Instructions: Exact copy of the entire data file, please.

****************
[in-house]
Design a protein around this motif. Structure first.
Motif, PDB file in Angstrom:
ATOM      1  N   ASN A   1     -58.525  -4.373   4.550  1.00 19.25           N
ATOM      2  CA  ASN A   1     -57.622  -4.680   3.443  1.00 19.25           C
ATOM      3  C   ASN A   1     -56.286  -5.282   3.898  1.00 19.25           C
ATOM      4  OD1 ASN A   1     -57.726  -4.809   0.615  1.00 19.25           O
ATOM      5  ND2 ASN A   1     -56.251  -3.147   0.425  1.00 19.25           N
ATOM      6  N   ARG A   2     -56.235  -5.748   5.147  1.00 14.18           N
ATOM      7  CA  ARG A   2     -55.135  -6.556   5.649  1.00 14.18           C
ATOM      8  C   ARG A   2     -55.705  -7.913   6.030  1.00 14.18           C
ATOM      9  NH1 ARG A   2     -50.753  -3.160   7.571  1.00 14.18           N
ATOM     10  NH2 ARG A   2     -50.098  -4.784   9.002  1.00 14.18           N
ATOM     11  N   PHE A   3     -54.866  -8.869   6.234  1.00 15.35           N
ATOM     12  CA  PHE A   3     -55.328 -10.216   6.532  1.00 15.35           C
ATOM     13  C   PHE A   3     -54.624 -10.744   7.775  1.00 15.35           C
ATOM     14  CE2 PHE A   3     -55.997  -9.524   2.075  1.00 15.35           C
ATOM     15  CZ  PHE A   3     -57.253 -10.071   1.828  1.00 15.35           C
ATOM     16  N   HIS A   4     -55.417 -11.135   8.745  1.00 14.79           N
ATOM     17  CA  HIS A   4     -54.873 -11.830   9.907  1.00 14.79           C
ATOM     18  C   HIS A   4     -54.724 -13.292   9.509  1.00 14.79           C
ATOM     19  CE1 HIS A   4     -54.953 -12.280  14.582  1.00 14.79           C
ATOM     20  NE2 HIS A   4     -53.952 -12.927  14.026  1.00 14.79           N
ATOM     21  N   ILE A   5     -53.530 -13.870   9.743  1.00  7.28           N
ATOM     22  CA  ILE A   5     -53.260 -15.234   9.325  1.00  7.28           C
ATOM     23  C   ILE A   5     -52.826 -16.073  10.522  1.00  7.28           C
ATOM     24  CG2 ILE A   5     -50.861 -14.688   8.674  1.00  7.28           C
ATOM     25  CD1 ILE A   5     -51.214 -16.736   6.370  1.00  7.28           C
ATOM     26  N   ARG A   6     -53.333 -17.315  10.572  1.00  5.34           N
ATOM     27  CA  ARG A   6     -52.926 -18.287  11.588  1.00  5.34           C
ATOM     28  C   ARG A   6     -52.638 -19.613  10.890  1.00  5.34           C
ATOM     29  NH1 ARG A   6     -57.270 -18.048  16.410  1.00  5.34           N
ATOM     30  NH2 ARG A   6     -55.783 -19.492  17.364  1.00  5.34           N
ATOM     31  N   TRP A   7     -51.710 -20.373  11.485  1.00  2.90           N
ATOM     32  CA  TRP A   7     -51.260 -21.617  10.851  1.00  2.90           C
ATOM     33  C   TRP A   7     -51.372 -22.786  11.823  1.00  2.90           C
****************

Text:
[in-house]
Design a protein around this motif. Structure first.
Motif, PDB file in Angstrom:
ATOM      1  N   ASN A   1     -58.525  -4.373   4.550  1.00 19.25           N
ATOM      2  CA  ASN A   1     -57.622  -4.680   3.443  1.00 19.25           C
ATOM      3  C   ASN A   1     -56.286  -5.282   3.898  1.00 19.25           C
ATOM      4  OD1 ASN A   1     -57.726  -4.809   0.615  1.00 19.25           O
ATOM      5  ND2 ASN A   1     -56.251  -3.147   0.425  1.00 19.25           N
ATOM      6  N   ARG A   2     -56.235  -5.748   5.147  1.00 14.18           N
ATOM      7  CA  ARG A   2     -55.135  -6.556   5.649  1.00 14.18           C
ATOM      8  C   ARG A   2     -55.705  -7.913   6.030  1.00 14.18           C
ATOM      9  NH1 ARG A   2     -50.753  -3.160   7.571  1.00 14.18           N
ATOM     10  NH2 ARG A   2     -50.098  -4.784   9.002  1.00 14.18           N
ATOM     11  N   PHE A   3     -54.866  -8.869   6.234  1.00 15.35           N
ATOM     12  CA  PHE A   3     -55.328 -10.216   6.532  1.00 15.35           C
ATOM     13  C   PHE A   3     -54.624 -10.744   7.775  1.00 15.35           C
ATOM     14  CE2 PHE A   3     -55.997  -9.524   2.075  1.00 15.35           C
ATOM     15  CZ  PHE A   3     -57.253 -10.071   1.828  1.00 15.35           C
ATOM     16  N   HIS A   4     -55.417 -11.135   8.745  1.00 14.79           N
ATOM     17  CA  HIS A   4     -54.873 -11.830   9.907  1.00 14.79           C
ATOM     18  C   HIS A   4     -54.724 -13.292   9.509  1.00 14.79           C
ATOM     19  CE1 HIS A   4     -54.953 -12.280  14.582  1.00 14.79           C
ATOM     20  NE2 HIS A   4     -53.952 -12.927  14.026  1.00 14.79           N
ATOM     21  N   ILE A   5     -53.530 -13.870   9.743  1.00  7.28           N
ATOM     22  CA  ILE A   5     -53.260 -15.234   9.325  1.00  7.28           C
ATOM     23  C   ILE A   5     -52.826 -16.073  10.522  1.00  7.28           C
ATOM     24  CG2 ILE A   5     -50.861 -14.688   8.674  1.00  7.28           C
ATOM     25  CD1 ILE A   5     -51.214 -16.736   6.370  1.00  7.28           C
ATOM     26  N   ARG A   6     -53.333 -17.315  10.572  1.00  5.34           N
ATOM     27  CA  ARG A   6     -52.926 -18.287  11.588  1.00  5.34           C
ATOM     28  C   ARG A   6     -52.638 -19.613  10.890  1.00  5.34           C
ATOM     29  NH1 ARG A   6     -57.270 -18.048  16.410  1.00  5.34           N
ATOM     30  NH2 ARG A   6     -55.783 -19.492  17.364  1.00  5.34           N
ATOM     31  N   TRP A   7     -51.710 -20.373  11.485  1.00  2.90           N
ATOM     32  CA  TRP A   7     -51.260 -21.617  10.851  1.00  2.90           C
ATOM     33  C   TRP A   7     -51.372 -22.786  11.823  1.00  2.90           C